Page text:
Channelpedia

PubMed 21909135


Referenced in Channelpedia wiki pages of: none

Automatically associated channels: ClCa2 , ClvC4 , Kir2.3



Title: Loss of breast epithelial marker hCLCA2 promotes epithelial-to-mesenchymal transition and indicates higher risk of metastasis.

Authors: V Walia, Y Yu, D Cao, M Sun, J R McLean, B G Hollier, J Cheng, S A Mani, K Rao, L Premkumar, R C Elble

Journal, date & volume: Oncogene, 2012 Apr 26 , 31, 2237-46

PubMed link: http://www.ncbi.nlm.nih.gov/pubmed/21909135


Abstract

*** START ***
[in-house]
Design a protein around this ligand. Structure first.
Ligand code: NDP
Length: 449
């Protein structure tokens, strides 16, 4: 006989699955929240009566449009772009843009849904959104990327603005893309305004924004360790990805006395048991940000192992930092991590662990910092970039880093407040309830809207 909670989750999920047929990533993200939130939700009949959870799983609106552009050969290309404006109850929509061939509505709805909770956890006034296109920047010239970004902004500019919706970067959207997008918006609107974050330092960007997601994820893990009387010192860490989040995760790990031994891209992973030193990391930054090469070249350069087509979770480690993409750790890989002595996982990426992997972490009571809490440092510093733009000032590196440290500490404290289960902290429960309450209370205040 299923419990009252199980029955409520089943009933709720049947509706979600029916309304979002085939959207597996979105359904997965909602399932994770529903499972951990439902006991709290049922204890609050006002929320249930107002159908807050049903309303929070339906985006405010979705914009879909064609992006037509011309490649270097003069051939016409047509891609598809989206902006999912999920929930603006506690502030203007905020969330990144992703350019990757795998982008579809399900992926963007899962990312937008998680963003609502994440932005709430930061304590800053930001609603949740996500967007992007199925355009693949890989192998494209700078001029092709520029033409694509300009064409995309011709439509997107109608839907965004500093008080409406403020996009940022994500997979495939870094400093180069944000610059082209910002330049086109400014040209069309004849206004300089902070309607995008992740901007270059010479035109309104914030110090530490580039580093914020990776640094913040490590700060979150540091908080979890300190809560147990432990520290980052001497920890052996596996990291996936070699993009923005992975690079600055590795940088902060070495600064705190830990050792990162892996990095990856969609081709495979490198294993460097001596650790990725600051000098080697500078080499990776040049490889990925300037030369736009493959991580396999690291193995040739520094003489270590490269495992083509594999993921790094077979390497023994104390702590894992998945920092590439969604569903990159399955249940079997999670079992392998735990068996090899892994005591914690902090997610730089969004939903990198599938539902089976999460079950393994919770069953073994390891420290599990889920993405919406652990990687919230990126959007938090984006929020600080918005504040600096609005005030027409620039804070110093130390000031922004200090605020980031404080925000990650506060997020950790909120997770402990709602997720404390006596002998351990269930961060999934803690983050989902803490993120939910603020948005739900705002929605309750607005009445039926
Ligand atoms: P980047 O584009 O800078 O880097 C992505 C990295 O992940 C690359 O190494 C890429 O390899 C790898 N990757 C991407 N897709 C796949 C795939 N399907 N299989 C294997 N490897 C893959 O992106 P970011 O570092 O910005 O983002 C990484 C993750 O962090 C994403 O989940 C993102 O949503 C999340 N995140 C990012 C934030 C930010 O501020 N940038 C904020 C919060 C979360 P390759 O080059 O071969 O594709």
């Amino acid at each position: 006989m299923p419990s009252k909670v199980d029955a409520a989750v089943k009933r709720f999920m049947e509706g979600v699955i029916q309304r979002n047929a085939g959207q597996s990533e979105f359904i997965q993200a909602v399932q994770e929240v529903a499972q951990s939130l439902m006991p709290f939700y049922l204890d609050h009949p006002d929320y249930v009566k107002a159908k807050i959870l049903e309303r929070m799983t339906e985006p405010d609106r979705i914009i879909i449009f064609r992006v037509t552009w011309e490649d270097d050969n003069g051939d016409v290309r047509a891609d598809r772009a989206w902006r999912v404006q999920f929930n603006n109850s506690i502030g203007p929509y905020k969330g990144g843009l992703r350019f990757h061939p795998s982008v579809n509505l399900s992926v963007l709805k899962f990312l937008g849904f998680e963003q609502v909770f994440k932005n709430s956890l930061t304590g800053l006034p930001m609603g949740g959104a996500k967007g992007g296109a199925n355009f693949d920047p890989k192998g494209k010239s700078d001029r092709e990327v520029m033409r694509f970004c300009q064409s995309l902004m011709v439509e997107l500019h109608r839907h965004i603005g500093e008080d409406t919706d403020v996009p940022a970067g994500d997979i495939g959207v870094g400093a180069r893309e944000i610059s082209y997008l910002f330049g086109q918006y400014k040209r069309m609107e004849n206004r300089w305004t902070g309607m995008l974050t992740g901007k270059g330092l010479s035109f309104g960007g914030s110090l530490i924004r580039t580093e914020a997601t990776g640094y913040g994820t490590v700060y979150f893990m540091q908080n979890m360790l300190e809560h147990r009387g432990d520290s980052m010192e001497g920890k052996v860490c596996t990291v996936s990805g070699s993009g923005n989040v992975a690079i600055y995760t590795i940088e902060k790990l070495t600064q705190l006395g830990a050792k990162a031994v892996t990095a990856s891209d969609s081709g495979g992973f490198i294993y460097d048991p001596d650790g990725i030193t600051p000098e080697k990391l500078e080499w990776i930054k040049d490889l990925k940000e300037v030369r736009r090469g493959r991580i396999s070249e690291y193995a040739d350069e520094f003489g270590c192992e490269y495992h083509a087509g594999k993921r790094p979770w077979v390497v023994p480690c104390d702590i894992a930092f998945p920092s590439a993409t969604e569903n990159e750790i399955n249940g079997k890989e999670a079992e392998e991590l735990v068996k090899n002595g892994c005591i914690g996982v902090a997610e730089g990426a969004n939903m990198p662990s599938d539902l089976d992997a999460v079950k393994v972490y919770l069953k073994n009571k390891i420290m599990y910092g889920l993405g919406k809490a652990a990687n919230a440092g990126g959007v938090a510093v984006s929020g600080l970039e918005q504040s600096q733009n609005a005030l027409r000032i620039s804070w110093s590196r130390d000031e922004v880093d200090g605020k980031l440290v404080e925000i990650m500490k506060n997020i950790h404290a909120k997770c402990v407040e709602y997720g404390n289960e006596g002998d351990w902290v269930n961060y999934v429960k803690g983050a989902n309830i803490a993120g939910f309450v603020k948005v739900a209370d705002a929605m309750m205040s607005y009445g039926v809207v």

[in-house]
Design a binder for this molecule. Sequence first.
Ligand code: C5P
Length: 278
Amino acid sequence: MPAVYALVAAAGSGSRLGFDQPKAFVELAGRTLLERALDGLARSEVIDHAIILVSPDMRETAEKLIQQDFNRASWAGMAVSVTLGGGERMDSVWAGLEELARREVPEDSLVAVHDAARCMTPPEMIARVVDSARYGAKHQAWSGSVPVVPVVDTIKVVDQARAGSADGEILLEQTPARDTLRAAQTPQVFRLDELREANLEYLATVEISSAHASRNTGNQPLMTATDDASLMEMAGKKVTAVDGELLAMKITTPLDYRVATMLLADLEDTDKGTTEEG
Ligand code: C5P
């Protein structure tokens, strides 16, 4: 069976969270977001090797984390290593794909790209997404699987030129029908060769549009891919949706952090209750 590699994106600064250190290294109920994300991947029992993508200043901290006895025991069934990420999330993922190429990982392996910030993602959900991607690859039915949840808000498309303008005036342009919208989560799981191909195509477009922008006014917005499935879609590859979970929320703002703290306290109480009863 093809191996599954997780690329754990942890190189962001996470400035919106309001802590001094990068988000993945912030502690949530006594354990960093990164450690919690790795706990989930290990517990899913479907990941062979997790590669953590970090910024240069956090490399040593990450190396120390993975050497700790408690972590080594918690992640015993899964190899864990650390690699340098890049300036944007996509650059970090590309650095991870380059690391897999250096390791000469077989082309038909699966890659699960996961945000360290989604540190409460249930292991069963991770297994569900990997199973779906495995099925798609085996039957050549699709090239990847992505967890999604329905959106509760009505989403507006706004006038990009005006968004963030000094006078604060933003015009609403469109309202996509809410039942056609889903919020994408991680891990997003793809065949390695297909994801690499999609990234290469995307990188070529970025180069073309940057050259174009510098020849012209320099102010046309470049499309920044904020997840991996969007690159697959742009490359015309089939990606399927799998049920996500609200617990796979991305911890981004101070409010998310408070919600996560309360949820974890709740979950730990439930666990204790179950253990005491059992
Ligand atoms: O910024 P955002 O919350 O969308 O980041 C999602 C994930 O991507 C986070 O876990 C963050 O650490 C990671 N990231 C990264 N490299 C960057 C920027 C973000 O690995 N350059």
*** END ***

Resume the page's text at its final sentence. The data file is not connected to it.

Transition between epithelial and mesenchymal states is a feature of both normal development and tumor progression. We report that expression of chloride channel accessory protein hCLCA2 is a characteristic of epithelial differentiation in the immortalized MCF10A and HMLE models, while induction of epithelial-to-mesenchymal transition by cell dilution, TGFβ or mesenchymal transcription factors sharply reduces hCLCA2 levels. Attenuation of hCLCA2 expression by lentiviral small hairpin RNA caused cell overgrowth and focus formation, enhanced migration and invasion, and increased mammosphere formation in methylcellulose. These changes were accompanied by downregulation of E-cadherin and upregulation of mesenchymal markers such as vimentin and fibronectin. Moreover, hCLCA2 expression is greatly downregulated in breast cancer cells with a mesenchymal or claudin-low profile. These observations suggest that loss of hCLCA2 may promote metastasis. We find that higher-than-median expression of hCLCA2 is associated with a one-third lower rate of metastasis over an 18-year period among breast cancer patients compared with lower-than-median (n=344, unfiltered for subtype). Thus, hCLCA2 is required for epithelial differentiation, and its loss during tumor progression contributes to metastasis. Overexpression of hCLCA2 has been reported to inhibit cell proliferation and is accompanied by increases in chloride current at the plasma membrane and reduced intracellular pH (pHi). We found that knockdown cells have sharply reduced chloride current and higher pHi, both characteristics of tumor cells. These results suggest a mechanism for the effects on differentiation. Loss of hCLCA2 may allow escape from pHi homeostatic mechanisms, permitting the higher intracellular and lower extracellular pH that are characteristic of aggressive tumor cells.